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Discovery Questioning – A Skill Used to Create More Powerful Conversations

January 23, 2015

Have you heard the story about “Cutting off the Ends of the Ham”

A young girl was watching her mother bake a ham for a family gathering and noticed her mom cutting off the ends before placing it in the oven.

“Mom, why do you cut the ends off before baking the ham?” she asked.

“Hmmm…I think it helps soak up the juices while it’s baking.  I’m actually not sure, though. That’s just the way your grandma always did it, so I’ve just always cut them off. Why don’t you call grandma and ask her?”

So, the little girl phoned her grandma and asked “Grandma, mom is making a ham and cut off the ends before placing it in the oven. She said that it’s probably to help soak up the juices but wasn’t sure. She said you’d know because she learned how to cook from you.”

“That’s true. I do cut off the ends of the ham before baking. But I’m actually not sure why either. I learned how to cook from my mom. You should ask her.”

So, the inquisitive little girl called her great grandmother and asked “Great grandma, Do you cut off the ends of the ham to help it soak up the juices?”

Her great grandmother chuckled.  “Oh, no sweetie.  I just never had a pan big enough to hold a whole ham, so I always had to cut off the ends to make it fit.”

Telling Asking Diagram for ManagersThe allegory of the ham is not new, and has been told numerous different ways, but it is a great example for reflection. Employees do things because that’s the way they were taught, but too often we never asked the most simple – why? When ideas are being presented for conversation, many times people want to jump to “judging”. When systems and procedures change, little steps or procedures are sustained that take time and energy that may not be of value any longer.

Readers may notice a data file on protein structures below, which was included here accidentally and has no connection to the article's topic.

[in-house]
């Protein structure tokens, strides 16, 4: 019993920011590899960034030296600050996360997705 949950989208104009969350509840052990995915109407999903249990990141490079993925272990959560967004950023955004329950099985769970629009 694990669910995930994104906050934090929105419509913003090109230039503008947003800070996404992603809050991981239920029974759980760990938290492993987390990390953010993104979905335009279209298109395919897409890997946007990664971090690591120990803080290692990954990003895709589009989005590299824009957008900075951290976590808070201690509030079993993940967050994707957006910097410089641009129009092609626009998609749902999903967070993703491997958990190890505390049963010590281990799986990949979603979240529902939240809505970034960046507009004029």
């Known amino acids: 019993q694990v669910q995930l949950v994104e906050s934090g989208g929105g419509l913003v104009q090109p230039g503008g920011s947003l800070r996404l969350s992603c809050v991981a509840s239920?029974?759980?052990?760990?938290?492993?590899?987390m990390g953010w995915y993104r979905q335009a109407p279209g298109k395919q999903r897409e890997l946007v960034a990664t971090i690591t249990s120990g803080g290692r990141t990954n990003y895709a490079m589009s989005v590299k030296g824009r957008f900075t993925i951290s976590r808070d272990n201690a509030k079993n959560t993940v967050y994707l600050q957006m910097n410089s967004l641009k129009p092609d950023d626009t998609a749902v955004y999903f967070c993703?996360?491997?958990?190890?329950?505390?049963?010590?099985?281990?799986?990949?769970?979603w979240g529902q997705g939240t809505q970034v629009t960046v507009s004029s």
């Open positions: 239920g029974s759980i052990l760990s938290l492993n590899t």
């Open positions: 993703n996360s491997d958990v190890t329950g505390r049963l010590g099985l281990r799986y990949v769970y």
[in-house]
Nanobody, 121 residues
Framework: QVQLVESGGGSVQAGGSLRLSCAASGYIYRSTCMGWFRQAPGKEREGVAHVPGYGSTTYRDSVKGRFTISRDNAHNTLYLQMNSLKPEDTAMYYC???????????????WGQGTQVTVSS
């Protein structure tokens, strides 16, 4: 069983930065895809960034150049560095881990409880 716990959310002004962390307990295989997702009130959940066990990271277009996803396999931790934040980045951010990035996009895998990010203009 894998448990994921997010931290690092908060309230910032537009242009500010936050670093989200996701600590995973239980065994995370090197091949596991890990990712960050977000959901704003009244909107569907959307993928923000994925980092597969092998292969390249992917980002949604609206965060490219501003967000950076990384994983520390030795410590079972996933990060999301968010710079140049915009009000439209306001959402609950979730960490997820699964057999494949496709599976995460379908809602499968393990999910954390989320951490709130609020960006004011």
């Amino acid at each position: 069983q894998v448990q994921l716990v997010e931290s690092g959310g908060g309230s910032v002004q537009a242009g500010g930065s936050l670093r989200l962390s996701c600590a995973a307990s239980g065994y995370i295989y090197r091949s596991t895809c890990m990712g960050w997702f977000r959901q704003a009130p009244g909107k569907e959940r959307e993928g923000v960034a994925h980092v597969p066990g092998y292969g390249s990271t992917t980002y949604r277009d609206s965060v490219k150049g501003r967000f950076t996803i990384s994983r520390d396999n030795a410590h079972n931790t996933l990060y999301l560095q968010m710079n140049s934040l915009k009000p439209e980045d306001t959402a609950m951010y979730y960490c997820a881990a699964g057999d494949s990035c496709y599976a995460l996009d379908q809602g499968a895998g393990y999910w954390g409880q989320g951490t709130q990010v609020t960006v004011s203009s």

When we do things “because that’s what we’ve always done” we fail to seek opportunities for improvement. We fail to see the assumptions we make every day out of habit and routine.  Fresh eyes on a process or standard procedure can help you find errors, redundancies, gaps, and unquestioned assumptions.  When we keep cutting off the ends of the ham, we fail to innovate. A manager has the opportunity to innovate by using a skill called Discovery Questioning® in all five steps of a conversation.

5-Step Conversation for Managers and Leaders

“No problem can be solved from the same level of consciousness that created it.”  – Albert Einstein

Want to change the culture in your organization?  Train your managers and supervisors in the art of having a powerful conversation by asking more discovery questions. If you do, you’ll start to see everyone engaging in richer discussions.

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